Jo Huey is an inspirational speaker, coach and author. She is also an adult child of an alcoholic and shares her personal story of living with an alcoholic father for 16 years and how that has impacted her adult life.
Jo shares her story for two reasons, the first is to connect with those that have been affected so they know they aren’t alone and the second to educate and inform others about this very hidden problem. Within the book, Jo shares several techniques you’ll be able to learn and use in your life if you really want the change you seek.
If you are interested in an inspirational and motivational story, then you won’t be disappointed. Her book, Transition, can be purchased through Amazon*.
Here is my Q&A with Jo…
What process do you follow for your writing? Are you a planner or do you just let it flow? Straight to PC, or pen and paper?
I started typing in Word straight away, no pen to paper for me. I don’t think my hand would cope with that! I’m a much faster typist, so that was never in question.
I did a bit of planning in terms of topics and chapters, but it wasn’t until after I gave it to my friend to review that she suggested a different format. I started making all sorts of notes on post-its and hanging them from string but it just looked overwhelming, so I reverted back to my writing on the PC.
I broke the chapters down and then added a ‘Time to Reflect’ section after many chapters, which allowed me to explain how I saw the previous chapters in the present. This allowed me to introduce learnings and reflections which would keep the reader engaged.
Do you attend writing/author focused conferences? Which is your favourite?
No I have never attended any writing conferences or any associated events. Recently, I’ve been given details about groups on Facebook which I’ve joined so I can learn and mix with other authors.
How many manuscripts do you have that you never submitted? Will you consider approaching your publisher with them now?
I went through a number of versions with my book and I had a draft printed, but it was never published because my ex boyfriends didn’t agree with the content. I had to redo it before I could self-publish.
What one piece of advice do you wish you received before you started writing? What one piece of intended good advice, wasn’t what it seemed?
I think if someone had suggested getting the right type of person to help with the editing and creation of the book that would have been helpful. I chose someone to edit it who used to be an editor, and was used to taking content out to make it succinct. That didn’t really suit the style of my book – what I needed was someone that knew about storytelling and how to engage with the audience.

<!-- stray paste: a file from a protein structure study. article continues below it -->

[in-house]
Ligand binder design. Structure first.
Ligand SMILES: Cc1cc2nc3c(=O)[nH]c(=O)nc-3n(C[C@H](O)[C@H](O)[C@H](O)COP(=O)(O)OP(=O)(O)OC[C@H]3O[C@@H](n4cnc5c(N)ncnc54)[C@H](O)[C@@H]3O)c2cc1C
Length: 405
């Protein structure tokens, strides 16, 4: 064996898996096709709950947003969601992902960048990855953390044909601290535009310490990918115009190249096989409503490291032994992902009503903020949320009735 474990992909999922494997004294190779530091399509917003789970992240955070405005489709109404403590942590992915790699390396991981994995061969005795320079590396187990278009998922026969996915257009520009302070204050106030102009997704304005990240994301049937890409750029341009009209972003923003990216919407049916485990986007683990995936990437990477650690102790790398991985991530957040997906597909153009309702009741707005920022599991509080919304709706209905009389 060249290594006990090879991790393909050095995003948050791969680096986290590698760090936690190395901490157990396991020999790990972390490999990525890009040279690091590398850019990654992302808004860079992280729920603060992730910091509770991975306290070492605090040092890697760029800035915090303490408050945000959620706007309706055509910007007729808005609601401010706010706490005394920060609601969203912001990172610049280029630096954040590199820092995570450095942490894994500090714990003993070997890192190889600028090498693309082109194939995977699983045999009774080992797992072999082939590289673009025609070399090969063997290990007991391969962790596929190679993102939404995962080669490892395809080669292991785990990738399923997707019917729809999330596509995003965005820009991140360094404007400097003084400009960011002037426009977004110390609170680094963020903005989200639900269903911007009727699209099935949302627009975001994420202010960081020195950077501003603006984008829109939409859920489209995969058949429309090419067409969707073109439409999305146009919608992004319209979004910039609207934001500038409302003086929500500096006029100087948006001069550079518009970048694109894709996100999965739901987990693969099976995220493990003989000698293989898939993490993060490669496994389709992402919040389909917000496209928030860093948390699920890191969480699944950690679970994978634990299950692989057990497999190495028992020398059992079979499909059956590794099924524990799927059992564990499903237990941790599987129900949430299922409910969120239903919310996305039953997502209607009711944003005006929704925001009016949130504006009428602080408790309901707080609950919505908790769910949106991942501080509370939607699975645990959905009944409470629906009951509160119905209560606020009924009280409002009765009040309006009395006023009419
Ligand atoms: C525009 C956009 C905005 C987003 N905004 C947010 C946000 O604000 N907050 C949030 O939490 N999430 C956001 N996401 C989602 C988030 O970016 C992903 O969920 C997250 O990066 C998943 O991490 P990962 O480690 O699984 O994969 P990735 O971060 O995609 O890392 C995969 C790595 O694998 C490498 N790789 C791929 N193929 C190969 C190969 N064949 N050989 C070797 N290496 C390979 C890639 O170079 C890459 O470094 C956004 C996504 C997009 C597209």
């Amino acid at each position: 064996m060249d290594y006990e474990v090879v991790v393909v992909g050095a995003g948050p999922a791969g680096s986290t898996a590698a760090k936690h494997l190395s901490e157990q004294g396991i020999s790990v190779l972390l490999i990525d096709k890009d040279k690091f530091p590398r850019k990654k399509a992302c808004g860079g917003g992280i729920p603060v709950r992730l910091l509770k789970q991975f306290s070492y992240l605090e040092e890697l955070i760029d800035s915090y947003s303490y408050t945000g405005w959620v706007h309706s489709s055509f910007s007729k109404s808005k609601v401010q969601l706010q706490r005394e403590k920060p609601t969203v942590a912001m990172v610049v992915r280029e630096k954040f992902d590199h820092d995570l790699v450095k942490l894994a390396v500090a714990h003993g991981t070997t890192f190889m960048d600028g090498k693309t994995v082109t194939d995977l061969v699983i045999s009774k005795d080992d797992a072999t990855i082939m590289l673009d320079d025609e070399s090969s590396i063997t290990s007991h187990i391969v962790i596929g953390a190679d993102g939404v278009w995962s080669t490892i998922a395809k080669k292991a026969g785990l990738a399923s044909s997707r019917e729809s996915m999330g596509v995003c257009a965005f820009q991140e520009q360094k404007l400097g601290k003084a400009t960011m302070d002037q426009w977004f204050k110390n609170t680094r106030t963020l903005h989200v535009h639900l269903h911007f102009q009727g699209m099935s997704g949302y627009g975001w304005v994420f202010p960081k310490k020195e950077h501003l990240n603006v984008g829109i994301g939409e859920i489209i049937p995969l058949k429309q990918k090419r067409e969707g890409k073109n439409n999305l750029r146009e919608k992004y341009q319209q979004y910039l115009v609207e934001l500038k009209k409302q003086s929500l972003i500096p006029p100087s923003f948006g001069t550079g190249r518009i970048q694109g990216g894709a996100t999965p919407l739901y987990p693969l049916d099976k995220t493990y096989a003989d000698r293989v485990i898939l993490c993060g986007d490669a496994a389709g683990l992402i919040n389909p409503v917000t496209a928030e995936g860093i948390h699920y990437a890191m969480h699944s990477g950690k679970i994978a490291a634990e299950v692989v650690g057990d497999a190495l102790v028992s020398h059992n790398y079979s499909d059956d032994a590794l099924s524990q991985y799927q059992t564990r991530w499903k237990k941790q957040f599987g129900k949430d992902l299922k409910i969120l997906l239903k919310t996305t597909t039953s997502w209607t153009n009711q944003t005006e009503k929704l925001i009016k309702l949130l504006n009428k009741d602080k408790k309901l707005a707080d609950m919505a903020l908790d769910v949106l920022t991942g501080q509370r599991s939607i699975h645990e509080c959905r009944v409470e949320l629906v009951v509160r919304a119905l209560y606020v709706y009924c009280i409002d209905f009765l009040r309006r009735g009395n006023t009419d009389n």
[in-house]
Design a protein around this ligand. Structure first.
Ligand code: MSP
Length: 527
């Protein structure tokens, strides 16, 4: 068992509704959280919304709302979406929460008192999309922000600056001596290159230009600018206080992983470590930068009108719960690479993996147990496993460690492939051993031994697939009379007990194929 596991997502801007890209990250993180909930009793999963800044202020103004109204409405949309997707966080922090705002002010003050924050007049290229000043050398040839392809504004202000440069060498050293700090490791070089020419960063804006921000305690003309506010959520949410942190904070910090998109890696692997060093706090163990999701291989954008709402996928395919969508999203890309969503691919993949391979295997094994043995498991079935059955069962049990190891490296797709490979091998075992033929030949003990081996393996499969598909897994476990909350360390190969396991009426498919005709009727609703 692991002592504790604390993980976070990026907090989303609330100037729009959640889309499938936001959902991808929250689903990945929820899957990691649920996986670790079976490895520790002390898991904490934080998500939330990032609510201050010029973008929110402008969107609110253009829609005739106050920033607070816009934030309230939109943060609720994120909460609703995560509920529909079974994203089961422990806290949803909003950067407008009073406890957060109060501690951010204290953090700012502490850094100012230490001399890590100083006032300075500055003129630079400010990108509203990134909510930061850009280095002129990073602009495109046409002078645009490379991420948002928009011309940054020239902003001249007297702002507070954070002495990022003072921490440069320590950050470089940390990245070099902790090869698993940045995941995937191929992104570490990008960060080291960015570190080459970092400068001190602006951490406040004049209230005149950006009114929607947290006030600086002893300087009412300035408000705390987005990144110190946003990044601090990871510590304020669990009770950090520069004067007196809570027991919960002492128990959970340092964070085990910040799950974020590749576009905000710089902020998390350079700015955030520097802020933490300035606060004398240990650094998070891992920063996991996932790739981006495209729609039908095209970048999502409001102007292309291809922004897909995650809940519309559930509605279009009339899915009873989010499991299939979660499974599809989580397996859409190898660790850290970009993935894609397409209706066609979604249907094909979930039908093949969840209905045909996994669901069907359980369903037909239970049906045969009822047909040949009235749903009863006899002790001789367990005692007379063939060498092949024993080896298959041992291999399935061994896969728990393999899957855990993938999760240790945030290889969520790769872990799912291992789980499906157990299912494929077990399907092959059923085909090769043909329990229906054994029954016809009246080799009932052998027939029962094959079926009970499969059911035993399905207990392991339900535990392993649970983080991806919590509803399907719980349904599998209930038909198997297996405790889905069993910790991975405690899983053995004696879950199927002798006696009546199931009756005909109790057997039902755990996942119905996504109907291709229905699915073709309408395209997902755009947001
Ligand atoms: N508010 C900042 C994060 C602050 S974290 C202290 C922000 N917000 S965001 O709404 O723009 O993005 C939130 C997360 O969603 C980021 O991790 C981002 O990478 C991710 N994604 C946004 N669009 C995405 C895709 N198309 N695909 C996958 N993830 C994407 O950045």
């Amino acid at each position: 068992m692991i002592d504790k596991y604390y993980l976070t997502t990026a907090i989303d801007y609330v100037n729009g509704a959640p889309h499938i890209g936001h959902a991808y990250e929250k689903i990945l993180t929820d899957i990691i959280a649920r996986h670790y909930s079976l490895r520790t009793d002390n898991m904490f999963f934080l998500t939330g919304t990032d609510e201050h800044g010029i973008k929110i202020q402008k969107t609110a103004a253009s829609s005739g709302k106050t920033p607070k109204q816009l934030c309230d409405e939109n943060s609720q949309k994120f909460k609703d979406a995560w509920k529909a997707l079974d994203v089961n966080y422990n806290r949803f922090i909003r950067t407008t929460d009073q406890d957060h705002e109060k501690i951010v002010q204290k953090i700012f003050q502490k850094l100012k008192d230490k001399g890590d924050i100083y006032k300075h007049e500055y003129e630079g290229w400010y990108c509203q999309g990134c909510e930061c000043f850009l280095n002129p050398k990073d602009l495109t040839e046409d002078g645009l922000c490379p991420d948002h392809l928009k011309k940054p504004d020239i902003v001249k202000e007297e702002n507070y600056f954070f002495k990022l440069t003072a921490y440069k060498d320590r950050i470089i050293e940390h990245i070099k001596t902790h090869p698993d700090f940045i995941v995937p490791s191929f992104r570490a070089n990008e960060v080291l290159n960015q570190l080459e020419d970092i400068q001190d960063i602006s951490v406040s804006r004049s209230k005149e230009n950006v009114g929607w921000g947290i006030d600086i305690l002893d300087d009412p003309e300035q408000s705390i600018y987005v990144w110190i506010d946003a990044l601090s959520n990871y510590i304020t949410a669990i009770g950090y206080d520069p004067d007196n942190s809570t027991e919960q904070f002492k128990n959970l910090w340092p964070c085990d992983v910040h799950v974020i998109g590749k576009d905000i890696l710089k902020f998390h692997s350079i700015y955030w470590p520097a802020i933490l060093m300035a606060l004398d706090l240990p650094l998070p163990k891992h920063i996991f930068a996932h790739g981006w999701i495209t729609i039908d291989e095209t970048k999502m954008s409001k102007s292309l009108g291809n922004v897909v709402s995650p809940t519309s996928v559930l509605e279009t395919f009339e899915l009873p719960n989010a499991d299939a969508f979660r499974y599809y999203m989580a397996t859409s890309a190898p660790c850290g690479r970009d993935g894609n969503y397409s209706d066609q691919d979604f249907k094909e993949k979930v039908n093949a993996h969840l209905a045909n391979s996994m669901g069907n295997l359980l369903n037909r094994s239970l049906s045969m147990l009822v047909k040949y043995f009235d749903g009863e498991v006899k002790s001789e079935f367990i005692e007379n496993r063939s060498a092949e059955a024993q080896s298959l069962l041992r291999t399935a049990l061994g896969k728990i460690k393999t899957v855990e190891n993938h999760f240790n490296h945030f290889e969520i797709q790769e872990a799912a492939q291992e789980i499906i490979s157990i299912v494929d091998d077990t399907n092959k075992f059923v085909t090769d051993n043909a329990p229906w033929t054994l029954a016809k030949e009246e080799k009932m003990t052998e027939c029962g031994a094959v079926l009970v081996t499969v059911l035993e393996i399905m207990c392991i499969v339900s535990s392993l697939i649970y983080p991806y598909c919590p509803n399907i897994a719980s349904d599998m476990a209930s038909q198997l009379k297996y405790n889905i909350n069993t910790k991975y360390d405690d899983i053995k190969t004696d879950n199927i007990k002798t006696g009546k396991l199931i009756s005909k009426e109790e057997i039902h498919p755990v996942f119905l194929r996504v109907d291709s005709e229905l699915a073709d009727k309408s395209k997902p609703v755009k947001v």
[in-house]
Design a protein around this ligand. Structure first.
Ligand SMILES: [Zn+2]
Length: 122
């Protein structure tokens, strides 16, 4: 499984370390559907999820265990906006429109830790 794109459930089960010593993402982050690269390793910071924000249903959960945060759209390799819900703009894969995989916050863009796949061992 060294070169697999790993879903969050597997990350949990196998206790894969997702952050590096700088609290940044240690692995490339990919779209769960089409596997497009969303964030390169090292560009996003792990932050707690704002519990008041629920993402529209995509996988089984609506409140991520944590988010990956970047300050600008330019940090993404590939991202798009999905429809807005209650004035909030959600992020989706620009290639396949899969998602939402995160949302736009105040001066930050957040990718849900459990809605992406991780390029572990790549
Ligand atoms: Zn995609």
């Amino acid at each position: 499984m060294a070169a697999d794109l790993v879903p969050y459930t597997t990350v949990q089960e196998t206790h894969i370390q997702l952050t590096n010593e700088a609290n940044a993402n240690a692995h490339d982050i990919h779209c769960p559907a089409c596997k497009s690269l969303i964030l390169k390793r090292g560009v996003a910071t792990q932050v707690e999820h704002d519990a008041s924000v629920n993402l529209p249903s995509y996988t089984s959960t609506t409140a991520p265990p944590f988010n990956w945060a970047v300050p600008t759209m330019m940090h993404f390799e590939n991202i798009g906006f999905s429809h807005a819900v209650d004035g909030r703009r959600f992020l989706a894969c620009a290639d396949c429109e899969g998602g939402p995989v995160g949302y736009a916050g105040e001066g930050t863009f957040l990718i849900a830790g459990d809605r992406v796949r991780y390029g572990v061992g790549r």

Being told to think about the structure was helpful… but also not, at the same time. If you’re new to writing it’s all a mine field and so it’s hard to know what will and won’t work.
What is your favourite thing about the whole writing process?
Once you’ve started writing a book it’s quite addictive and you can see something tangible coming together. For me, because the content was very personal, it allowed me to reflect on things that had happened, which was very interesting.
Was there a particular book that made you sit up and think ‘that’s it, I’m going to be an author too’?
I wouldn’t say a particular book but more a person. I was at a networking event I ran and a lady who attended said to me ‘Jo, you have a story, you should tell it’. That got me thinking into lots of things and that’s basically how I started the book and my business.
Who do you envisage as playing your characters if your book was ever turned into a movie?
There is no doubt in my mind that Reece Witherspoon would play me. She is someone I admire very much. Ever since watching her in ‘Legally Blonde’. I love her attitude and outlook on life and her integrity. She’s a great actress and so clever and I think she’d do a great job as she has done in other real life stories.
What do you consider is your greatest accomplishment?
My greatest accomplishment in my life has to be the transformation I’ve been through. It was one of the hardest and most fantastic things I chose to do. It’s taken courage, strength and determination but it has been worth the investment. My life has changed dramatically and ultimately I’m a more fulfilled, happier and calmer person because of it.
Thank you Jo, for the interview.
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